(CN) – A federal judge in San Francisco dismissed two class actions over the government’s warrantless wiretap program, saying the alleged injuries were too generalized to support standing. The ruling did not address the government’s claim that the cases were barred by the state-secrets privilege.
U.S. District Chief Judge Vaughn Walker said the plaintiffs – customers of telecommunications companies and individuals who say they were wiretapped – failed to show how they were specifically injured by the eavesdropping.
“[T]he harm alleged is a generalized grievance shared in equally substantial measure by all or a large class of citizens,” U.S. District Chief Judge Vaughn Walker wrote.
He quoted the D.C. Circuit’s ruling in Seegers v. Gonzales, which held that “injuries that are shared and generalized … are not sufficient to support standing.”
“The various other grounds advanced by the United States are not ruled on herein and form no part of the basis for this order,” Walker wrote.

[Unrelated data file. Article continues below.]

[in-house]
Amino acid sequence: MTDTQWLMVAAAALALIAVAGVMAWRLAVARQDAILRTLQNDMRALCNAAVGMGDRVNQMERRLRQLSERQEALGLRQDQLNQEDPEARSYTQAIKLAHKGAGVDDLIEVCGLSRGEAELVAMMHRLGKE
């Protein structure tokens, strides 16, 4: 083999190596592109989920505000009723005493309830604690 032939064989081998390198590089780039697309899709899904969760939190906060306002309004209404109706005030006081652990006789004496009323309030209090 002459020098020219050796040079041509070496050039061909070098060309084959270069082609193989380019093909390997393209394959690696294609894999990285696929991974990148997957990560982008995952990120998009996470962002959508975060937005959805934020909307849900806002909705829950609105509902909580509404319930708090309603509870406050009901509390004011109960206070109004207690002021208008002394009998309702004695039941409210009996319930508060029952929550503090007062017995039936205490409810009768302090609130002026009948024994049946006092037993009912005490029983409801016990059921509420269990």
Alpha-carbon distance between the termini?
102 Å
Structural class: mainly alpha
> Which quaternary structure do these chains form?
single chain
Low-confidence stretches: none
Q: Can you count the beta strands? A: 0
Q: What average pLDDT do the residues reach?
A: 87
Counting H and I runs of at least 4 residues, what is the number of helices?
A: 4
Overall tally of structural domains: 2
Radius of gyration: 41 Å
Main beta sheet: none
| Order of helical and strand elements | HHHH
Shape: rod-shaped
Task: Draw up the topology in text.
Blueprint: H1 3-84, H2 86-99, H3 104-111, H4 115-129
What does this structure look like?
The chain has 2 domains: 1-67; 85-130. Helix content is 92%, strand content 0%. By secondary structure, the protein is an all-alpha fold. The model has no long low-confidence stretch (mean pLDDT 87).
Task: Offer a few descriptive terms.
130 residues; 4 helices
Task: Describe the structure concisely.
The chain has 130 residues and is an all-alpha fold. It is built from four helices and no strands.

The lawsuits followed media reports, beginning in December 2005, that the National Security had been eavesdropping on people’s emails and telephone calls without warrants.
The government argued that the district court lacked jurisdiction, because Congress has not waived sovereign immunity, and that the information needed to litigate the claims were protected state secrets.
Walker dismissed the class actions for lack of standing, saying concrete injury is required.
“This is especially true when, as here, the constitutional issues at stake in the litigation seek judicial involvement in the affairs of the executive branch and national security concerns appear to undergird the challenged actions,” he wrote.